Monday, January 6, 2014


My little Lisa monster passed away last night.

My Lisa kitty and her litter mate, Bart, came to live with The Captain and me when they were but twelve weeks old, just one month after our wedding, fifteen years ago. Lisa was always tiny compared to her male sibling; for a long time, only half his weight: her 9 lbs to his 17 lbs. She may have been small, but she was mighty.

Lisa was a hunter. In our first home, a 1942 bungalow in downtown Napa, she was forever bringing mice and birds to the back door. Before we tore down the shed-of-horrors in that backyard, Lisa caught the resident rat. We knew it was there, could hear it scurrying around, and occasionally got a glimpse of its beady eyes in the rafters, but we never saw it... until one day The Captain and I arrived home from a trip to the garden center. There on the back lawn were Lisa and Bart, who, like his male lion counterparts, took credit for the kill but we knew who was really responsible. After all, Bart had never brought us anything before and The Captain lived in Kenya too long not to figure that one out immediately. The cats were taking turns tossing the nearly-long-as-Lisa, now-dead rat up in the air, only to watch it spin and fall on the green grass so they could pounce on it yet again. 

When she was a young cat, along with dead creatures, Lisa brought me camellias from our garden. As the big blossoms fell from the bushes, she'd pick them up in her bitty little mouth and drop them at the sliding door. It happened too often to be a fluke. 

Lisa always slept with The Boy. Every night when she could see it was time for him to go to bed, she'd insist on going outside (LET-MEOW-T!), presumably to use the litter box, grab a last nibble of kibble, and drink of water. Soon enough she'd be howling to be let back in. However, if the The Captain opened the door, she'd take off, as if he was chasing her. So Mama had to let her back in, follow her down the hall, and open The Boy's door. Then, like clockwork, Lisa would jump up on the bed, curl up next his pillow, and sleep all night. This nightly ritual went on for many years, even when The Boy was away at camp or staying all night with a friend's.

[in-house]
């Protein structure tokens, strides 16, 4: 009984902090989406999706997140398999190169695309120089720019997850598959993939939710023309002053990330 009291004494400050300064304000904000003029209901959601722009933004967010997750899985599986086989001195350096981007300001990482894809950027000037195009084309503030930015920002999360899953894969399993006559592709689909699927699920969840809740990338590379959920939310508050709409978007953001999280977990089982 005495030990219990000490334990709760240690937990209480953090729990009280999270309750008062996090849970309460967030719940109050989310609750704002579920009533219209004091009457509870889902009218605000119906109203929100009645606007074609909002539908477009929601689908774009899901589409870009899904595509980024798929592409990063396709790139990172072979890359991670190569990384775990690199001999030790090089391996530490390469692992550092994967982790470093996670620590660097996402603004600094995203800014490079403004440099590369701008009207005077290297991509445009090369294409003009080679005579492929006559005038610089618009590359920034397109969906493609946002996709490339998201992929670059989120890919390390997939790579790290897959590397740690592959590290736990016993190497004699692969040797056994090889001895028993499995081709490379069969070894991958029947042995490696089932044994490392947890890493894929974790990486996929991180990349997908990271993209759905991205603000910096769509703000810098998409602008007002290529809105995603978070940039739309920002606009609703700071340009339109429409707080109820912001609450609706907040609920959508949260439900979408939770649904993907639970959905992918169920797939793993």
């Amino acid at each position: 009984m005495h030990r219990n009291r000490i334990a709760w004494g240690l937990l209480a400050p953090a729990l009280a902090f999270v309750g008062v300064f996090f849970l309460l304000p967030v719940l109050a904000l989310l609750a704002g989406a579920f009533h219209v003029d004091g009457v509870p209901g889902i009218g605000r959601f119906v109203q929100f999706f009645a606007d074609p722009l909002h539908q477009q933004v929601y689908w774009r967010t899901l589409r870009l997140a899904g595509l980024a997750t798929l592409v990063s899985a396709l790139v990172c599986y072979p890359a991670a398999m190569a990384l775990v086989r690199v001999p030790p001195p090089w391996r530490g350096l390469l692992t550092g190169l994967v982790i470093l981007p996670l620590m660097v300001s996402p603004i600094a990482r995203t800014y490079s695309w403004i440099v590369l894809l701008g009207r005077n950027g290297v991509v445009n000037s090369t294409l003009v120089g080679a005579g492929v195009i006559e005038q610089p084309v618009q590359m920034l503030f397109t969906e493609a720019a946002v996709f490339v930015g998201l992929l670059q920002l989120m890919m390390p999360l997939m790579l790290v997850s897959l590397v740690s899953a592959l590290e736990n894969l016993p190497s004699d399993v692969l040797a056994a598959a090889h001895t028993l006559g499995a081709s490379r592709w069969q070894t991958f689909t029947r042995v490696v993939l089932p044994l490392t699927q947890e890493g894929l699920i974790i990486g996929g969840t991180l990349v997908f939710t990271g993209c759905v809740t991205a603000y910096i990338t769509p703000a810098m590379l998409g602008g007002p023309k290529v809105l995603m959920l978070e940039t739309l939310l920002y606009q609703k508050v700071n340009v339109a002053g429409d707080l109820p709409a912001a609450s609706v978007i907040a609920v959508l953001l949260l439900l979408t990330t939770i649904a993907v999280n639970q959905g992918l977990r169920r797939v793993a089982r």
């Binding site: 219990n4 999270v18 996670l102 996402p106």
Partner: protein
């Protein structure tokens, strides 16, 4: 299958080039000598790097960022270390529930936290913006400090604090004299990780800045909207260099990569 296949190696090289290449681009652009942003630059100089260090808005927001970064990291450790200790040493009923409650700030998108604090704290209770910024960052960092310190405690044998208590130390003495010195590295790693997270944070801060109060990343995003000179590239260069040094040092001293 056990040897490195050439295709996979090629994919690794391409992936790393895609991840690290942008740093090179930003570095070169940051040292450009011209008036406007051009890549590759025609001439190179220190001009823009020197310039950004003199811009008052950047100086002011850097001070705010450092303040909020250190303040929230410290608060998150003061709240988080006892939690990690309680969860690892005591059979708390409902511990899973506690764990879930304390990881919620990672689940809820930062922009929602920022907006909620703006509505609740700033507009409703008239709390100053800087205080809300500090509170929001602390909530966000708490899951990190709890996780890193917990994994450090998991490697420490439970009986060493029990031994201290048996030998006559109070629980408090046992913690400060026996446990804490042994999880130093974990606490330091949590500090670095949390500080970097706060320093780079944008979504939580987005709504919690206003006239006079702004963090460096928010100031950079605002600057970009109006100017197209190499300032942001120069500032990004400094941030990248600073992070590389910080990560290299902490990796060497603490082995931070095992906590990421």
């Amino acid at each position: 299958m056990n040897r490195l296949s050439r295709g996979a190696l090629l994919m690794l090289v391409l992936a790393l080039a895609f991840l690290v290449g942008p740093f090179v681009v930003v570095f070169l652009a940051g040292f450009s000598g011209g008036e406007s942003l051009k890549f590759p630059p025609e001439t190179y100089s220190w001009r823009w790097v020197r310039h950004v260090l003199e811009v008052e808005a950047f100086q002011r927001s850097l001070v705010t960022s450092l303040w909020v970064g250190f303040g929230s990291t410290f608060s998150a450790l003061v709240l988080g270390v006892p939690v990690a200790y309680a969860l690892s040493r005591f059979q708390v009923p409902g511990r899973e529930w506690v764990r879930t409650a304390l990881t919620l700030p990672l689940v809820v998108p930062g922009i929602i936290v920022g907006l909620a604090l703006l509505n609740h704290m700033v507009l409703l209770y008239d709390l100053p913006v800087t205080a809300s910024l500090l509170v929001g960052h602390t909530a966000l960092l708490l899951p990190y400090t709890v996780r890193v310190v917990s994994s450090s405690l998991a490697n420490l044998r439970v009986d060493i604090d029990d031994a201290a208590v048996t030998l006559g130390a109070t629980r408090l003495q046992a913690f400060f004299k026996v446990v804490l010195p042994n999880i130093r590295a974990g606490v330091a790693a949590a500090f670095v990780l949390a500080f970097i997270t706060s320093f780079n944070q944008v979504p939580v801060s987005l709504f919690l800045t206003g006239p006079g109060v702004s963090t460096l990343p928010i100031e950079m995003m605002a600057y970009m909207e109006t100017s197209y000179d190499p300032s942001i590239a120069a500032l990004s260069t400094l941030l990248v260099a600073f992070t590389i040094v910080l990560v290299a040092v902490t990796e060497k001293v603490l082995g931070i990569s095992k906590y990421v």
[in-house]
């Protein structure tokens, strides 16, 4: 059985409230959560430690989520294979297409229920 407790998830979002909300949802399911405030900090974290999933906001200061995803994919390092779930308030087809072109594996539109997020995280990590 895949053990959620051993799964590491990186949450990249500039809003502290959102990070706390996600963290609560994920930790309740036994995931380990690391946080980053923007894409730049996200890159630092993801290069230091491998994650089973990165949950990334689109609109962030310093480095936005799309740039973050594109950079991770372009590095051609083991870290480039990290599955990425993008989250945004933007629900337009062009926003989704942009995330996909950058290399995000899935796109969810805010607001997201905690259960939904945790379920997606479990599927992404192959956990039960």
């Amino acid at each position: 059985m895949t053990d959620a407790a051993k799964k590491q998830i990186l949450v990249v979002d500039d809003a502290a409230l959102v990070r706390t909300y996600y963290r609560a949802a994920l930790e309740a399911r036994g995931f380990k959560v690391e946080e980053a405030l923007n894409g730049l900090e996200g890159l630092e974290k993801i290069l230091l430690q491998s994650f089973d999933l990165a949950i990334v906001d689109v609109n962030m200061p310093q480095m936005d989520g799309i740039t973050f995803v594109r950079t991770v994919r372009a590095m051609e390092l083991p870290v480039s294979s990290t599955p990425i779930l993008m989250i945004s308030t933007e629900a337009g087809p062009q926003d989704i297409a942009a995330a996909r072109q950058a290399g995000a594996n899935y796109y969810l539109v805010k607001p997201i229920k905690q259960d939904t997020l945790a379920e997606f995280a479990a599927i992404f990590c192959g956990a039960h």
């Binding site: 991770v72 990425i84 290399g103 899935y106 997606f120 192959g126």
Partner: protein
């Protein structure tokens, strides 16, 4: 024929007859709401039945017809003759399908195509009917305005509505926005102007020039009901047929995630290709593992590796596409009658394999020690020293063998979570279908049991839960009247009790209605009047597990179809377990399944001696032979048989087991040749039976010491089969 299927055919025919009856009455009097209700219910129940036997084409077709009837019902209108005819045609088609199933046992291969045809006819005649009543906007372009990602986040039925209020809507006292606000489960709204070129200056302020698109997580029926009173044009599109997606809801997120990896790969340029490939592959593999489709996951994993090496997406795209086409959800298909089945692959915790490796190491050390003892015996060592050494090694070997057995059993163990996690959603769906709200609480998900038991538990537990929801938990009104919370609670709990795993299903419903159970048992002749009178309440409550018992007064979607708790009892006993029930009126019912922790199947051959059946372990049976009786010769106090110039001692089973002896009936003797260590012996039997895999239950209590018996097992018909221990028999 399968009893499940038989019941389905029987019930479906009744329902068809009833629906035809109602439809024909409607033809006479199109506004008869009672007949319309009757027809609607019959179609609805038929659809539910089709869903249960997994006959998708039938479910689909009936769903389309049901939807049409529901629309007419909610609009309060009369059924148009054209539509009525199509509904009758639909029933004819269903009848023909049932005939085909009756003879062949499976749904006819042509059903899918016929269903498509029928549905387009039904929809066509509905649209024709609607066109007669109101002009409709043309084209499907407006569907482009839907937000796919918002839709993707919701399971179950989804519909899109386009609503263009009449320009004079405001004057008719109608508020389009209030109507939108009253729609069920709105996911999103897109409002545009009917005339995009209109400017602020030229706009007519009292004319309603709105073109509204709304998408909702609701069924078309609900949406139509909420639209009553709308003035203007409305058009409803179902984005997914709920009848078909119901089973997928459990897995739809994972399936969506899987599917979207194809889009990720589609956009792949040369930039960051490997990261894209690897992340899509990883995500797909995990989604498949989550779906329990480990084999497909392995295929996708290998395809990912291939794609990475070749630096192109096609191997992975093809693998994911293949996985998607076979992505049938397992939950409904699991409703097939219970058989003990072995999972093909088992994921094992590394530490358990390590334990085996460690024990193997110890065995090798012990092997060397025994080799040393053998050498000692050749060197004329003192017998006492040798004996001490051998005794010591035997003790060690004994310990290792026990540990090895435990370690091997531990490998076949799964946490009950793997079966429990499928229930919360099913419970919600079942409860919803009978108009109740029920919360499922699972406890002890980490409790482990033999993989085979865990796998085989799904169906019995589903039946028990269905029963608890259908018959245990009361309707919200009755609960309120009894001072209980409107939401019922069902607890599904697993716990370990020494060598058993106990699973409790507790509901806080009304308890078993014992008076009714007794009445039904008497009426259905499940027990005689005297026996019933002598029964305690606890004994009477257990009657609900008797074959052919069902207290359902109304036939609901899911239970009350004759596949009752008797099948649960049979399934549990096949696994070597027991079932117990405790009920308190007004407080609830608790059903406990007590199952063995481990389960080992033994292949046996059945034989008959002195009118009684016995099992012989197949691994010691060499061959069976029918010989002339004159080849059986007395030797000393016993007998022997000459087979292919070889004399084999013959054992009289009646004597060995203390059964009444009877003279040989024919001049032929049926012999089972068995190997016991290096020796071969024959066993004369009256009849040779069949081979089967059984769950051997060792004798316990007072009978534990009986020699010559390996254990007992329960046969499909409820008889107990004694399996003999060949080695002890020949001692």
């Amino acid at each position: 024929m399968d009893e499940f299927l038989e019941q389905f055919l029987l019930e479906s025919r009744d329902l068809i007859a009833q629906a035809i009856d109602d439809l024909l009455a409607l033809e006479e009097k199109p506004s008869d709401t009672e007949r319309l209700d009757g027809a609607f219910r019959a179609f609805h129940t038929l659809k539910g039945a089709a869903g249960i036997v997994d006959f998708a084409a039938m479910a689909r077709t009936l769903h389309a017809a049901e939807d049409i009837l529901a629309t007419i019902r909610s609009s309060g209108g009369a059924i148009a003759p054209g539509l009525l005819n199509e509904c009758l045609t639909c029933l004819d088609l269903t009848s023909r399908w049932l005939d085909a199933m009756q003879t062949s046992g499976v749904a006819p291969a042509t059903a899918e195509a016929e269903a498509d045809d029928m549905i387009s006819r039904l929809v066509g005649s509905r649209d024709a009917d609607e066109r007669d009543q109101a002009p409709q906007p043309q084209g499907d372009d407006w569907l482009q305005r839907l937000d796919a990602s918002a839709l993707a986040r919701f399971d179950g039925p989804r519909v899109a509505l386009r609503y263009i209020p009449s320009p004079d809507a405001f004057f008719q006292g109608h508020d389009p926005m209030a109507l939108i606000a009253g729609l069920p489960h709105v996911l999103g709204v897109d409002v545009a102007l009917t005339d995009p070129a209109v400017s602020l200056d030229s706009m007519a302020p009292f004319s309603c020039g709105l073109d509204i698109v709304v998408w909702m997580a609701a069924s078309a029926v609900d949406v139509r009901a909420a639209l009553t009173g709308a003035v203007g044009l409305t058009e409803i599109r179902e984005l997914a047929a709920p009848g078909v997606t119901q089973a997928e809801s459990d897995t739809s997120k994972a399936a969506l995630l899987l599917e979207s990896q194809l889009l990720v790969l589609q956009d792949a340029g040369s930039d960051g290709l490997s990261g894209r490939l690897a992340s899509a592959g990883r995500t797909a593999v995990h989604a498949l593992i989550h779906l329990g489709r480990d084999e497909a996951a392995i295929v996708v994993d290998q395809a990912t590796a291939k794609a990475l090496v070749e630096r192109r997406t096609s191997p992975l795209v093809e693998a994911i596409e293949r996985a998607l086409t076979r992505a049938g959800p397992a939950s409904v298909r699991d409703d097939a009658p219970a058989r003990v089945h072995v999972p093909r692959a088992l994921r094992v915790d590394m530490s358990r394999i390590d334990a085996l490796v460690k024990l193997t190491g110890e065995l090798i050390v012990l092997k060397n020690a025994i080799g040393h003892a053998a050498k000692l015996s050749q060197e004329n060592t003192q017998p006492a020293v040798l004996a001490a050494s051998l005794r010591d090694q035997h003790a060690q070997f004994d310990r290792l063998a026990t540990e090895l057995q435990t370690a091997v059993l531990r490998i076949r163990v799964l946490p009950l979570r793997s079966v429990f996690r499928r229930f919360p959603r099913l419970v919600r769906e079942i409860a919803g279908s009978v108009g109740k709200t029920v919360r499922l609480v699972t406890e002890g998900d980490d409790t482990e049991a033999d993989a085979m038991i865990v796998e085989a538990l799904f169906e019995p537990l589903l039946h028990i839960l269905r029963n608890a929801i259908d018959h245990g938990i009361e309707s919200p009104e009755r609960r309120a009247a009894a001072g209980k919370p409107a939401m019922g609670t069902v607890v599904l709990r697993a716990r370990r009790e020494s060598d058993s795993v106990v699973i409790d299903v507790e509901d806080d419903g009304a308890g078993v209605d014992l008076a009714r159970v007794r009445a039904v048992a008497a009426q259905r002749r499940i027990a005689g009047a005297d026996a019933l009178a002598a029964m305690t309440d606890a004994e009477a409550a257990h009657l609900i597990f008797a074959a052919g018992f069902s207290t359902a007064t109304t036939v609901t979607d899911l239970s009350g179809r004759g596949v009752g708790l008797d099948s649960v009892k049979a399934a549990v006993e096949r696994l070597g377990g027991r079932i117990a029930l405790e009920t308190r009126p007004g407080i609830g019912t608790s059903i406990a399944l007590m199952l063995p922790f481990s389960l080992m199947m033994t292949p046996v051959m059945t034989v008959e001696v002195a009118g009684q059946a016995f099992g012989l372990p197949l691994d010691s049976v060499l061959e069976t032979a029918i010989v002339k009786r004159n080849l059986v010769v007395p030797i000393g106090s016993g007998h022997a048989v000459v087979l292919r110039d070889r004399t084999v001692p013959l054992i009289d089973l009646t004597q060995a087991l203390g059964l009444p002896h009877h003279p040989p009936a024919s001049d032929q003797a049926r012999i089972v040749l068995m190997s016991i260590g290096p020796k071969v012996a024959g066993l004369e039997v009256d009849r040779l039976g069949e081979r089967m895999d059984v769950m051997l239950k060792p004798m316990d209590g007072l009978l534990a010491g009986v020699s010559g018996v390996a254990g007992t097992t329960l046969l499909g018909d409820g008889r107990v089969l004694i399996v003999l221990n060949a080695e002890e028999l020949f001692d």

All cats have rough tongues, like 100 grit sand paper. Lisa's was more like 40 grit. OUCH! ...and she couldn't control her licker. If you set still long enough, she'd groom you: hands, arms, cheeks, jeans, mouth, if you let her (ew!!), and nose. The Captain used to say Lisa wanted to make-out with me, laying on my chest and alternately licking and biting my nose, until it was too sore to take any more abuse.

Unlike her brother Bart, Lisa was not a people-person (so to speak). She liked her own people, The Boy and me (mostly me), on her own terms, as cats do. She only tolerated everyone else, namely The Captain and my dad, and allowed them to pet her when it suited. When we had parties, she'd disappear until the last guest drove away. In June, 2012 we went to Disney World for two weeks, leaving the cats to their own devices, with our friends and neighbors looking after them. Bart remained at his other family (whoever they are) for a couple more weeks after we got home, but not Lisa. She followed me around like a dog for months, terrified I'd abandon her again. Eventually, her short-term memory kicked in and I was allowed to be more than five feet from Her Royal Highness.

I wish I knew what happened to her, what her final coherent moments were like. Was she scared? Hurt? In shock? Did she eat something she shouldn't have? Was someone abusing her? We think she may have been hit by a car. She just came home, went to sleep, cried out periodically, and went to kitty heaven on Sunday, January 5, 2014 at 11: 36 PM with her Mama at her side.

I'll miss Lisa's bunny-soft fur and demanding personality, her companionship and sometimes fickle loyalty. But mostly I'll miss how fiercely she loved us.

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